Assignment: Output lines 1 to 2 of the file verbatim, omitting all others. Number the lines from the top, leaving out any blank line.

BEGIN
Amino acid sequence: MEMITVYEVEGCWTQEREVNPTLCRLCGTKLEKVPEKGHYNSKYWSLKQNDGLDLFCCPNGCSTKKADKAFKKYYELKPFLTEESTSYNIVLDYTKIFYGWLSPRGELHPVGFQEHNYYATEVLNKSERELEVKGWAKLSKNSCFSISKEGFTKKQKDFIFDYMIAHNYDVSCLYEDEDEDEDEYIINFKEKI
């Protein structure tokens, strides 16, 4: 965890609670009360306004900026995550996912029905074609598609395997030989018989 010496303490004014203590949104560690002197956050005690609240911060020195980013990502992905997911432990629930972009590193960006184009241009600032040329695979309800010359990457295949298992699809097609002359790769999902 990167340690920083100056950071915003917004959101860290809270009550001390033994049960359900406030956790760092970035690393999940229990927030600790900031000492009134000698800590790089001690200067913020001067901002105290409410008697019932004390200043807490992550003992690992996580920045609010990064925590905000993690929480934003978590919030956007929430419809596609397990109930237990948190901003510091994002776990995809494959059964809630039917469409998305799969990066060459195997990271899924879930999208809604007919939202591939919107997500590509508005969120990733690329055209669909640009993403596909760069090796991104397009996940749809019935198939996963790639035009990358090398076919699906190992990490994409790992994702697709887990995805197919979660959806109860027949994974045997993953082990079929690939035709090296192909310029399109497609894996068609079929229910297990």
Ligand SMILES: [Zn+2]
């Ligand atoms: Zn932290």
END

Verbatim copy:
Amino acid sequence: MEMITVYEVEGCWTQEREVNPTLCRLCGTKLEKVPEKGHYNSKYWSLKQNDGLDLFCCPNGCSTKKADKAFKKYYELKPFLTEESTSYNIVLDYTKIFYGWLSPRGELHPVGFQEHNYYATEVLNKSERELEVKGWAKLSKNSCFSISKEGFTKKQKDFIFDYMIAHNYDVSCLYEDEDEDEDEYIINFKEKI
């Protein structure tokens, strides 16, 4: 965890609670009360306004900026995550996912029905074609598609395997030989018989 010496303490004014203590949104560690002197956050005690609240911060020195980013990502992905997911432990629930972009590193960006184009241009600032040329695979309800010359990457295949298992699809097609002359790769999902 990167340690920083100056950071915003917004959101860290809270009550001390033994049960359900406030956790760092970035690393999940229990927030600790900031000492009134000698800590790089001690200067913020001067901002105290409410008697019932004390200043807490992550003992690992996580920045609010990064925590905000993690929480934003978590919030956007929430419809596609397990109930237990948190901003510091994002776990995809494959059964809630039917469409998305799969990066060459195997990271899924879930999208809604007919939202591939919107997500590509508005969120990733690329055209669909640009993403596909760069090796991104397009996940749809019935198939996963790639035009990358090398076919699906190992990490994409790992994702697709887990995805197919979660959806109860027949994974045997993953082990079929690939035709090296192909310029399109497609894996068609079929229910297990």